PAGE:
Russian android to carry out space repairs, play chess
Russia will send its first android robot to the International Space Station. The SAR-400 will perform operations that are fairly simple, yet could pose a risk for astronauts such as unloading space cargo, screwing bolts or sealing cracks on the station’s outer surface. And during its free hours, it will entertain the crew by playing chess or checkers.
SAR-400 can be remotely controlled from Earth and can copy the movements of a ground-based operator. If the operator raises his right arm or takes a pencil and starts writing the robot will do the same. But it can also work in an autonomous mode and even make independent decisions within its software framework.
Andrei Nosov, the head of the Moscow-based android engineering center, told the Voice of Russia that the key mission of the space android was to reduce risks for the crew.
"A human life is the most important thing. There are lots of risks up in orbit. Anything can happen. A robot can duplicate the movements of an operator that manipulates it from Earth. It can work both in a duplicate mode and an autonomous mode. This is convenient, less risky and less expensive."
The robot will make it possible to perform risky manipulations the standard robotized systems are unable to cope with during standard situations or emergencies at minimal psychological and energy costs.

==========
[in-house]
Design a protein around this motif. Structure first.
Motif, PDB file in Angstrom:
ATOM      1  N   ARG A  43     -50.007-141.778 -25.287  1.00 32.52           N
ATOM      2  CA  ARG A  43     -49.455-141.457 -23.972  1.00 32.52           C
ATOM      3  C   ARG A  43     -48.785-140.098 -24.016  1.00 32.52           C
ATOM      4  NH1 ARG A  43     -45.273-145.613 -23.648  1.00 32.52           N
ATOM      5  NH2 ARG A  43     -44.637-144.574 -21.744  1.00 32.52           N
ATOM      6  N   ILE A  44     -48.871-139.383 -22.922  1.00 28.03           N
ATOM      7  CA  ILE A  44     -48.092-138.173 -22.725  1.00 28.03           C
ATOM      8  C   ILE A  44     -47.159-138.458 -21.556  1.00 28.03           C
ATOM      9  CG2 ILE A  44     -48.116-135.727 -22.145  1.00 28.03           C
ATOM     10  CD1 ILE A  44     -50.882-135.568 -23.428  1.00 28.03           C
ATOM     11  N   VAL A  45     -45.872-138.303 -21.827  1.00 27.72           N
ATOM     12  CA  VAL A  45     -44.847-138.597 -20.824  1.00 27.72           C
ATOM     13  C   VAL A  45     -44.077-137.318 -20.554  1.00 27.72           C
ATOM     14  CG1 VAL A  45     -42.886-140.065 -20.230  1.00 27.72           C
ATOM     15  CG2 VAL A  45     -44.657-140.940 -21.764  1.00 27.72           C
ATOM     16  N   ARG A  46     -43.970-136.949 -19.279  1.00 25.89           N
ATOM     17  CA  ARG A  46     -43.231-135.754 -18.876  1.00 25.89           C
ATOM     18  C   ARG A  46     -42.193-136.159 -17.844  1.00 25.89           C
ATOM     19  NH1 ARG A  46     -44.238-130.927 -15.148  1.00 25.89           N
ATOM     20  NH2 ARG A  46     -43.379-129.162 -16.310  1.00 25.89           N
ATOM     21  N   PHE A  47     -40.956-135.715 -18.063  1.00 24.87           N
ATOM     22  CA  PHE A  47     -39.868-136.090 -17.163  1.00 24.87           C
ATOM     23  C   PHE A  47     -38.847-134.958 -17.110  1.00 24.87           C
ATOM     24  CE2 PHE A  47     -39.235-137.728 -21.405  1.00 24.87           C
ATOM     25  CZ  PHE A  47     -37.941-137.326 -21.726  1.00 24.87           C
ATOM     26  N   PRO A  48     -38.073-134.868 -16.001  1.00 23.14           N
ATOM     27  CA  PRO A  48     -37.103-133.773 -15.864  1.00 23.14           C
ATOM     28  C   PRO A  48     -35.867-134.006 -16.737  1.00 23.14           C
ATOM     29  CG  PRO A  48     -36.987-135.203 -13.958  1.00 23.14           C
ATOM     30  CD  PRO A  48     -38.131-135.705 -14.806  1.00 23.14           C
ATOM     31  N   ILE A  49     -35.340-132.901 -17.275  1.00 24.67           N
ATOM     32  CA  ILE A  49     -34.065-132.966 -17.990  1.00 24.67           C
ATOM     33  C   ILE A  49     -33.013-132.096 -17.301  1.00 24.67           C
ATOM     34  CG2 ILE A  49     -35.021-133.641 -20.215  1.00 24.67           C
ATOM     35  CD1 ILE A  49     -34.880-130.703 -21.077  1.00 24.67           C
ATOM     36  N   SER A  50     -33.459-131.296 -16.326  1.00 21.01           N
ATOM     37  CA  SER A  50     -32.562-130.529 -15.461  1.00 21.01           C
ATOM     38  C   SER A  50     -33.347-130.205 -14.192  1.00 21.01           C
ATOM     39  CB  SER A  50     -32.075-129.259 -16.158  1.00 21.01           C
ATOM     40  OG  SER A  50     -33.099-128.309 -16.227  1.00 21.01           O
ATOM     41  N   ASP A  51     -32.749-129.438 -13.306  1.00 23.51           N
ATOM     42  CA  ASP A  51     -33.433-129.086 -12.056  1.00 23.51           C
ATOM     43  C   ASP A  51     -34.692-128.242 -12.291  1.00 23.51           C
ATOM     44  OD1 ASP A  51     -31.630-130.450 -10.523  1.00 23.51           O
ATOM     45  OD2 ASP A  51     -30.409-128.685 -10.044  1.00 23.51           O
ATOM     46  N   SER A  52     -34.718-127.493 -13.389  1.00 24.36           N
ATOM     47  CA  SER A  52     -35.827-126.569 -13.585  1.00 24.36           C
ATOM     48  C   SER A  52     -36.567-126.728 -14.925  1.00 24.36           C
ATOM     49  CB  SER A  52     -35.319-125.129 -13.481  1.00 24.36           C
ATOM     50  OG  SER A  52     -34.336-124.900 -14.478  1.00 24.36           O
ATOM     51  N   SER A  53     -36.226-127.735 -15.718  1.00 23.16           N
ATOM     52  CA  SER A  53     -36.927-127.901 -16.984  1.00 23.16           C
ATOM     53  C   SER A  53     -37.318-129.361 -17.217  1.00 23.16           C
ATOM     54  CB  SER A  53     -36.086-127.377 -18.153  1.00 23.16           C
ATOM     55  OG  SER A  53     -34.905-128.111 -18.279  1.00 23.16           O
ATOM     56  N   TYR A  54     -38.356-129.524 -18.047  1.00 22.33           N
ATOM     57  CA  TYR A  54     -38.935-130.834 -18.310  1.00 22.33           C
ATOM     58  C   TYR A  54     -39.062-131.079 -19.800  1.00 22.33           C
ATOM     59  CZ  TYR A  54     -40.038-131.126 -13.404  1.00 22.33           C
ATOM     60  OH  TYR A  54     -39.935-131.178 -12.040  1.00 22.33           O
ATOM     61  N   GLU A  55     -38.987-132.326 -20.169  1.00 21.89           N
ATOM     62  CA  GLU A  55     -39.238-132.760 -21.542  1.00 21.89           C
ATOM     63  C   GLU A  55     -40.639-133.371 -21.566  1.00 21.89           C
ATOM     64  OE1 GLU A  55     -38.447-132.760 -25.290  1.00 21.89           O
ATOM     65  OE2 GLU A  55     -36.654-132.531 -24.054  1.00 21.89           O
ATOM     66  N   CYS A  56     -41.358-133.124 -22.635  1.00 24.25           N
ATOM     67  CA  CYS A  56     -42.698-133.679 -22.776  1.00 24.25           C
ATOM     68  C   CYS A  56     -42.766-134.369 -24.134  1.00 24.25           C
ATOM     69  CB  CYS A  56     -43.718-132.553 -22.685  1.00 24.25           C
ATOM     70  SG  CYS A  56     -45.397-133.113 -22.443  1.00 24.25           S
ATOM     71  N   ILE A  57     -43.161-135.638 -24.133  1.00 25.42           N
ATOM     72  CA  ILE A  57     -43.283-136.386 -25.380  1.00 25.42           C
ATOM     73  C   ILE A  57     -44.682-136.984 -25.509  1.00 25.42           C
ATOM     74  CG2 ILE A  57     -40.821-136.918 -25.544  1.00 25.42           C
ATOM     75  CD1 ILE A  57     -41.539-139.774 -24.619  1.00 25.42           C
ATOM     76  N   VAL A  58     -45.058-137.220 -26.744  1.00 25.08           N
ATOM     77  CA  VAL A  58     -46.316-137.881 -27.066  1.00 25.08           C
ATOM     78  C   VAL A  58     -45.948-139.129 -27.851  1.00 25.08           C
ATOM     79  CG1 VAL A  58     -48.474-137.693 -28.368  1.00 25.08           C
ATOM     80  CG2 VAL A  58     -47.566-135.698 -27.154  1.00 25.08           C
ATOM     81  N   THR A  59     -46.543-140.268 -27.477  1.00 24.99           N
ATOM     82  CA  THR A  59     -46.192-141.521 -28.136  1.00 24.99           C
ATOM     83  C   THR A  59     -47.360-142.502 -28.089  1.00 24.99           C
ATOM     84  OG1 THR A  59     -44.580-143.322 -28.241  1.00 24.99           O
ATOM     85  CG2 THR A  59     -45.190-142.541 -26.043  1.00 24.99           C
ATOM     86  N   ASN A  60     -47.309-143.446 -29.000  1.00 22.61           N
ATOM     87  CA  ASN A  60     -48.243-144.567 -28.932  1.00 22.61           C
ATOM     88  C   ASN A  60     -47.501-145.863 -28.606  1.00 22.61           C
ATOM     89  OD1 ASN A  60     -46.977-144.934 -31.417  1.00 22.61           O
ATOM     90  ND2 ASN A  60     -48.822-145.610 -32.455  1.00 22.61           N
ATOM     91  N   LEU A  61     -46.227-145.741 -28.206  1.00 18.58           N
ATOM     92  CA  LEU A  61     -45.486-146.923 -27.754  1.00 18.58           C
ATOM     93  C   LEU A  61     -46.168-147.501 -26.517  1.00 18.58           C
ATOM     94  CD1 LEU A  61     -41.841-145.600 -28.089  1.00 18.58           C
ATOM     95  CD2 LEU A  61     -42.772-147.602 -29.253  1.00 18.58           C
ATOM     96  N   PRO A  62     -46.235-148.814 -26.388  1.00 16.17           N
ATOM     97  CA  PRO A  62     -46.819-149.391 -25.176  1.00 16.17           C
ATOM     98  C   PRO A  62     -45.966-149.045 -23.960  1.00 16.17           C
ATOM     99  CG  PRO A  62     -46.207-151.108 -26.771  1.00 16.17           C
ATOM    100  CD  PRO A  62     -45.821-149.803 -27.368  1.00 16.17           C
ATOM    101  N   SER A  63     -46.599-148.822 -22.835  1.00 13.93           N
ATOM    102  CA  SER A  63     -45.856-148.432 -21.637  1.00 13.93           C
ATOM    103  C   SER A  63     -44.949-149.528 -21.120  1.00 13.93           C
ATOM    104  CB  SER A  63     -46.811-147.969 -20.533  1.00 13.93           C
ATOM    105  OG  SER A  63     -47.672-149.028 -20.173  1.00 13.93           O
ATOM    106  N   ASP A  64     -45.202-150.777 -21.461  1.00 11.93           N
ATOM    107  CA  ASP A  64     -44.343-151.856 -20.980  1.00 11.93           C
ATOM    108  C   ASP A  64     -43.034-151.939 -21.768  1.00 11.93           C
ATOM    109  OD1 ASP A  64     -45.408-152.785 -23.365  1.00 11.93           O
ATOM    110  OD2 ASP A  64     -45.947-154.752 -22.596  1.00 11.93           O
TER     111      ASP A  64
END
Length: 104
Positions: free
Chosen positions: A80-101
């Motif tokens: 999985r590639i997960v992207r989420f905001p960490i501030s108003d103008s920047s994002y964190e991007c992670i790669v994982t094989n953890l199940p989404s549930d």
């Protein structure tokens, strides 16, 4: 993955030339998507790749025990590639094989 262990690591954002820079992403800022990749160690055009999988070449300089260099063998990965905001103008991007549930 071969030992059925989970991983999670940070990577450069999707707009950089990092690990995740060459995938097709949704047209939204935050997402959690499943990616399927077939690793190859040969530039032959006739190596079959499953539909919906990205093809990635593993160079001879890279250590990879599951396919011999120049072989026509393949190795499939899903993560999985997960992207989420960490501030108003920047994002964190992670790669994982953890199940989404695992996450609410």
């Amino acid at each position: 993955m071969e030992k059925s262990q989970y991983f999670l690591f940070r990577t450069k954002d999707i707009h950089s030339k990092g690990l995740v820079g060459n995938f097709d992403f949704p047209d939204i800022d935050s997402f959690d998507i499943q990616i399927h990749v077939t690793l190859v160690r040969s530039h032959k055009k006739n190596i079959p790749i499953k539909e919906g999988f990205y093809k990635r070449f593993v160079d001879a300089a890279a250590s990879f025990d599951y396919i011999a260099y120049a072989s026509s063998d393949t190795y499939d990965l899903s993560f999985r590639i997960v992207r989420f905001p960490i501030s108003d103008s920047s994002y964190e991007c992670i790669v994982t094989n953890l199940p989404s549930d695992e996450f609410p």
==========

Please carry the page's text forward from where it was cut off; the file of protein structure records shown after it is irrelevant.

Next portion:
Academician Alexander Zheleznyakov of the Tsiolkovsky Academy of Cosmonautics said that to avoid a feeling of psychological discomfort in the crew, the robot had been made to look as human as possible.
"Human-looking androids are easier for humans to perceive. The crew will find it more convenient and pleasant to deal with human-looking technical devices. It will compensate for a lack of communication with other humans. Earlier, emphasis was put on the functionality of robots. The creation of a full-sized android is a major step forward."
Work aboard the ISS is just a preparatory stage for future interplanetary flights. After 2014, androids will be flown to the Moon, Mars and other planets. They can send back not just images or sounds but also tactile impressions using special software that measures the pressure on the outer surface of a robot’s manipulator glove and feeds it right onto an operator’s palm on Earth.
The Americans were the first to bring a space android to the ISS but have been unable to use it so far after something went wrong. Meanwhile, Germany and Japan are planning to send their own androids into orbit.